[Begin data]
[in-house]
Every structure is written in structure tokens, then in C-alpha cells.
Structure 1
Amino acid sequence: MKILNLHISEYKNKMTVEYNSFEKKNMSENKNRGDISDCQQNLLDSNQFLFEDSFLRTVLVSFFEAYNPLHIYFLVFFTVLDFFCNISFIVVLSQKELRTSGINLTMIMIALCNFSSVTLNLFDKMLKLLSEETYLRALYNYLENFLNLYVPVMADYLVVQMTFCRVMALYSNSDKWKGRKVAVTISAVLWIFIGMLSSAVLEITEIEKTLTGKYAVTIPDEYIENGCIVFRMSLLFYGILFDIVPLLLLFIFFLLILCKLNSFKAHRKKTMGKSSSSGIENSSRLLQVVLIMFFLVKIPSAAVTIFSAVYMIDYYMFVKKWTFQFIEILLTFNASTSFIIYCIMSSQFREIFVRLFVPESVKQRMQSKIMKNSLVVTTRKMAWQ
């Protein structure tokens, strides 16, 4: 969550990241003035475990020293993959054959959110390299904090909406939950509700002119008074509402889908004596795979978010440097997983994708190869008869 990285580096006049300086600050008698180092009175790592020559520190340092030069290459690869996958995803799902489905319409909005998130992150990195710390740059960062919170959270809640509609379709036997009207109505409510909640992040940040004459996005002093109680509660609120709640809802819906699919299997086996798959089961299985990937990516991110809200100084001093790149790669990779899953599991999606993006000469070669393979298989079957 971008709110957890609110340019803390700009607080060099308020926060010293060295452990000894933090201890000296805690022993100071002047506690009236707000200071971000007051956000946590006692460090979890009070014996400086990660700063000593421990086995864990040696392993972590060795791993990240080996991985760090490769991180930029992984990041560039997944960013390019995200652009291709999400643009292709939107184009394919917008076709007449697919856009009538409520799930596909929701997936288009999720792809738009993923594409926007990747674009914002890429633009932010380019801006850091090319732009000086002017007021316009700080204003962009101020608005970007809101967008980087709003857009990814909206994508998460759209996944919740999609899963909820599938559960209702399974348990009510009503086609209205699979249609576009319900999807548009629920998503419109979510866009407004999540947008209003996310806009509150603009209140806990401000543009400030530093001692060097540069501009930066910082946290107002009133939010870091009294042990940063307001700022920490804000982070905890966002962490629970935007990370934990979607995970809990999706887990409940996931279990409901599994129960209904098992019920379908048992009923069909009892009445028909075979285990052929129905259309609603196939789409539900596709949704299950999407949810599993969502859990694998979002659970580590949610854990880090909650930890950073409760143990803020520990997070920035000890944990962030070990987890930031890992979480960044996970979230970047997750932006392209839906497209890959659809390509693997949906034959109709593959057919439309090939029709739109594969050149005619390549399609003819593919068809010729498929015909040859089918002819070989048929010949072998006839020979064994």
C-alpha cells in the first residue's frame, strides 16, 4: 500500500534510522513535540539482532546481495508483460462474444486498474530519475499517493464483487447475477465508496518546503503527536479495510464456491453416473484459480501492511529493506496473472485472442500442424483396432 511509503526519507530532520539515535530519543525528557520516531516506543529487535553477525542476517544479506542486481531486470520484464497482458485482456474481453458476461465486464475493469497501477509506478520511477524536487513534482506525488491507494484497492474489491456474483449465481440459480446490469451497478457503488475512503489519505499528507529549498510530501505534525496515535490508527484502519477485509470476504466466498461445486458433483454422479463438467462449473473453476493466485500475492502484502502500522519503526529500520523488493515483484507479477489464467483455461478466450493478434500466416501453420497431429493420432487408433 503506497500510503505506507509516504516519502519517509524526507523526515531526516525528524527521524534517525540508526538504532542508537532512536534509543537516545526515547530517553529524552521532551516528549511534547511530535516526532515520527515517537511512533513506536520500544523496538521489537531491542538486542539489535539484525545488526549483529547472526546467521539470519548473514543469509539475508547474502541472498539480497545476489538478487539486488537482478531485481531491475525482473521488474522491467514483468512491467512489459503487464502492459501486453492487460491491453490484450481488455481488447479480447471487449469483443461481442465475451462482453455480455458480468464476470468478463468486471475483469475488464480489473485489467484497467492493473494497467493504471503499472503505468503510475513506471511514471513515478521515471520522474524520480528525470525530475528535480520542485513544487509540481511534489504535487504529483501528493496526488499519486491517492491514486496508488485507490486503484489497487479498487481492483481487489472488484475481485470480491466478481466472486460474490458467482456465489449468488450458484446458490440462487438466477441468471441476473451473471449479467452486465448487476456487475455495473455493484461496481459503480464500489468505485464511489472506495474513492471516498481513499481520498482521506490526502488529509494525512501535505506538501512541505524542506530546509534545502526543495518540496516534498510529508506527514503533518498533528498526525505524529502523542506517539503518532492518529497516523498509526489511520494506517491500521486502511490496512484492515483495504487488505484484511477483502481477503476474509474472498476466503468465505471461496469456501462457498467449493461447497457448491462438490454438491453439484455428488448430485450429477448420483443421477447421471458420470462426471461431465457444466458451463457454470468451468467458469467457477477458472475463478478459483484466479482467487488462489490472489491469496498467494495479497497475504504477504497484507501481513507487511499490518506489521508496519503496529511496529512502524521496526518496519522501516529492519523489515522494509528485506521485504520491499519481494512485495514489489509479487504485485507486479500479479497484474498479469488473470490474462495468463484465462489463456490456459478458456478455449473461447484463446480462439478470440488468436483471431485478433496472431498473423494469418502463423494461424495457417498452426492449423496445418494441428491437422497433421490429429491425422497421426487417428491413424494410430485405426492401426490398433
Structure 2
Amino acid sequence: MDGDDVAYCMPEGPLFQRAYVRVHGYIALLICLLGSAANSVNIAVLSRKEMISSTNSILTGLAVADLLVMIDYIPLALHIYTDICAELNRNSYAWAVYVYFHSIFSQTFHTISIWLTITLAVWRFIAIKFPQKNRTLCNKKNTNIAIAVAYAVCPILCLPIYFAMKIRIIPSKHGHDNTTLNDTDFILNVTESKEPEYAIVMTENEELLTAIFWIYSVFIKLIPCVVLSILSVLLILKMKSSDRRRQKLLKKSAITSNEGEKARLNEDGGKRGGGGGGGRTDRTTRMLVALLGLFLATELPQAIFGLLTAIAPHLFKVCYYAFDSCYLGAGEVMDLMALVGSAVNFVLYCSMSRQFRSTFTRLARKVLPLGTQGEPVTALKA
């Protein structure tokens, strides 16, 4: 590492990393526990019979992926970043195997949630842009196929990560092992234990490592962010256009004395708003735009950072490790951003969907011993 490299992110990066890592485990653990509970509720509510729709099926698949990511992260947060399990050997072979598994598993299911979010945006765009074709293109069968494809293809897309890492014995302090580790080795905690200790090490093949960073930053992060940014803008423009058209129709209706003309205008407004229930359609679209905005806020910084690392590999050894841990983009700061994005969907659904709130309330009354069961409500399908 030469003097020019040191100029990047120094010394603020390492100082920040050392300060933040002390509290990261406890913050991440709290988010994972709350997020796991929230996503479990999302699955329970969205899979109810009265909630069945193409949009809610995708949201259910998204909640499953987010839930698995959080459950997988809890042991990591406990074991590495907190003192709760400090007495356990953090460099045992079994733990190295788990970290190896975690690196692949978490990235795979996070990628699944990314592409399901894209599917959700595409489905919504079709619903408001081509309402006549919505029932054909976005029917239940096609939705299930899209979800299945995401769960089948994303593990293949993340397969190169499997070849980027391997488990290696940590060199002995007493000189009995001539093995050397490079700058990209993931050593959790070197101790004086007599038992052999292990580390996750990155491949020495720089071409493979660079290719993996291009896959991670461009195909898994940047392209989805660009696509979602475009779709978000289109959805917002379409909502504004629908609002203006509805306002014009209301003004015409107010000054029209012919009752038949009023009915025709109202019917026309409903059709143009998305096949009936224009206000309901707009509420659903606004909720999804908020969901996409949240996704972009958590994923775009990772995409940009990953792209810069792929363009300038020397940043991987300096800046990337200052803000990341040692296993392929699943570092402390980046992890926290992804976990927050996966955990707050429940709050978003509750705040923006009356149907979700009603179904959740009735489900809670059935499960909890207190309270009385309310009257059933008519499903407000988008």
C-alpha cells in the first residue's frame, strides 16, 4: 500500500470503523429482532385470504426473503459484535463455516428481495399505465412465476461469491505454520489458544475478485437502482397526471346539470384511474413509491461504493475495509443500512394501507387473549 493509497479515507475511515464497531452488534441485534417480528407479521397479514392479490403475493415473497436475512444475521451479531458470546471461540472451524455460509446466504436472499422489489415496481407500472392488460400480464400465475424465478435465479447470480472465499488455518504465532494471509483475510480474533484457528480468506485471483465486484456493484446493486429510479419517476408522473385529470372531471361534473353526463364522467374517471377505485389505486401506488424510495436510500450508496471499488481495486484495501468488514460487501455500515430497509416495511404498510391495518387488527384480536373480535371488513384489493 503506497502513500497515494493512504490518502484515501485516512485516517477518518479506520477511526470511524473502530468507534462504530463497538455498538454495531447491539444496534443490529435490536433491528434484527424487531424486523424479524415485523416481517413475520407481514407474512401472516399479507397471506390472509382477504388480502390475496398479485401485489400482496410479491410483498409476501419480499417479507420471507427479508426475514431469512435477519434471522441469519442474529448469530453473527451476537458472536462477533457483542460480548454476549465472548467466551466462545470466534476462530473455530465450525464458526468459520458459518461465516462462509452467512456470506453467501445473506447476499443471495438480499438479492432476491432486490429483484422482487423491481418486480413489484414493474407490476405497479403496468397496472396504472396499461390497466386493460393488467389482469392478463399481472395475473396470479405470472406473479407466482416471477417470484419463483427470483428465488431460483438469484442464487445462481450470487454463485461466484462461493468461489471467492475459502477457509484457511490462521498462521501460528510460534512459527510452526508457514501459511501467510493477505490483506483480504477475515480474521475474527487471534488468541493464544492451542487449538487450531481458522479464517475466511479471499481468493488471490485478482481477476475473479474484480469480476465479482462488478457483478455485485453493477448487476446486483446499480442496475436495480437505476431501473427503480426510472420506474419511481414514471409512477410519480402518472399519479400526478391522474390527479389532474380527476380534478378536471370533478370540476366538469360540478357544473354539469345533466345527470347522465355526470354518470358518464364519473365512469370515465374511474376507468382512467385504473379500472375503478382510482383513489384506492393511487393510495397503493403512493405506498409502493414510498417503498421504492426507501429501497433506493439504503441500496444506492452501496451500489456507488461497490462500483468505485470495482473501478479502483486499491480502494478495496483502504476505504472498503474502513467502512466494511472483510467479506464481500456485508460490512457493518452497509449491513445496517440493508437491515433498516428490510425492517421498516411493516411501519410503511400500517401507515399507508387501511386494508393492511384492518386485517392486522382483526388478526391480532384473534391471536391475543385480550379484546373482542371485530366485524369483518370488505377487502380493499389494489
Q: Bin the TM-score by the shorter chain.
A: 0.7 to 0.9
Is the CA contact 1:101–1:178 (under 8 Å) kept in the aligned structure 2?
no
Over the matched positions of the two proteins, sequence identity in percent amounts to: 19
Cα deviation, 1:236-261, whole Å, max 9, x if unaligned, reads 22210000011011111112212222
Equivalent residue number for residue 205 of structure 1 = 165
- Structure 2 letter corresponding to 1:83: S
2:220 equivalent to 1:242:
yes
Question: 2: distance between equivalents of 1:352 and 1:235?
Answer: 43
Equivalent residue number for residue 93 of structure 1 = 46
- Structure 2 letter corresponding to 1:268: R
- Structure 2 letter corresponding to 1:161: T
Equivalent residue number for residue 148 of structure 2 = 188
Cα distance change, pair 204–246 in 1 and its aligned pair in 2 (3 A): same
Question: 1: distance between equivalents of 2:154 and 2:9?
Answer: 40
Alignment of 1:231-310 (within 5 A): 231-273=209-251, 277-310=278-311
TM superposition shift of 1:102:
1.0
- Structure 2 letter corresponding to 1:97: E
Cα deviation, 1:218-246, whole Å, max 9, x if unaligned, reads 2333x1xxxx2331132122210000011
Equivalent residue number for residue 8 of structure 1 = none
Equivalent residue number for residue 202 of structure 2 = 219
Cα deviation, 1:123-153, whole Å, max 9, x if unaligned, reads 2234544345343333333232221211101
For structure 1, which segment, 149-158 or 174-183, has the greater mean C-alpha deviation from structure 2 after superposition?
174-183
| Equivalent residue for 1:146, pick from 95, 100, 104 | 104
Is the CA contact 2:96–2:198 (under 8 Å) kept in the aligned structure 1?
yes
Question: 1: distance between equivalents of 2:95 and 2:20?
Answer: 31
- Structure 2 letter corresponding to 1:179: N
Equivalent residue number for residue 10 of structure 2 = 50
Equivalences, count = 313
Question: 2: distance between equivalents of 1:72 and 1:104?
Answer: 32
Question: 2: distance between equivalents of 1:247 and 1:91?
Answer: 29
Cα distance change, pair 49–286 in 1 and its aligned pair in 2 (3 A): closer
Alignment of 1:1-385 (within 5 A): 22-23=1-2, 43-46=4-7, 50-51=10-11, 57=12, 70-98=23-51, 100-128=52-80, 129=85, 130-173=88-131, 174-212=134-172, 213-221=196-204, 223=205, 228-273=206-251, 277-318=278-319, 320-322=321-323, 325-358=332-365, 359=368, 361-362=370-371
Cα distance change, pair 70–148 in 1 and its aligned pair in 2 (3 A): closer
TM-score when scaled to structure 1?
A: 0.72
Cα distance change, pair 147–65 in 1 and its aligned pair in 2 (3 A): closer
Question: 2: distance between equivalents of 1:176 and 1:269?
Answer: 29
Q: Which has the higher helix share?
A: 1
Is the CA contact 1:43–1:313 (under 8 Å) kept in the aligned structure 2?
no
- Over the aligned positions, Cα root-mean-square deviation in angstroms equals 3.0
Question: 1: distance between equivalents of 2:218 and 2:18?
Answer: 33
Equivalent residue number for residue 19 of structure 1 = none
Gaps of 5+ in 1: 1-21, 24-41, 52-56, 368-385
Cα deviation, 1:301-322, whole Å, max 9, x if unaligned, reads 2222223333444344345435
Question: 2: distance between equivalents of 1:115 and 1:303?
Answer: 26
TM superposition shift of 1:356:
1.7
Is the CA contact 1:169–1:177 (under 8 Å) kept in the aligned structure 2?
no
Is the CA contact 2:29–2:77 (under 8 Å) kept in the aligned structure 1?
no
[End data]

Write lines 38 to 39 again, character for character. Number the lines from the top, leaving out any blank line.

For structure 1, which segment, 149-158 or 174-183, has the greater mean C-alpha deviation from structure 2 after superposition?
174-183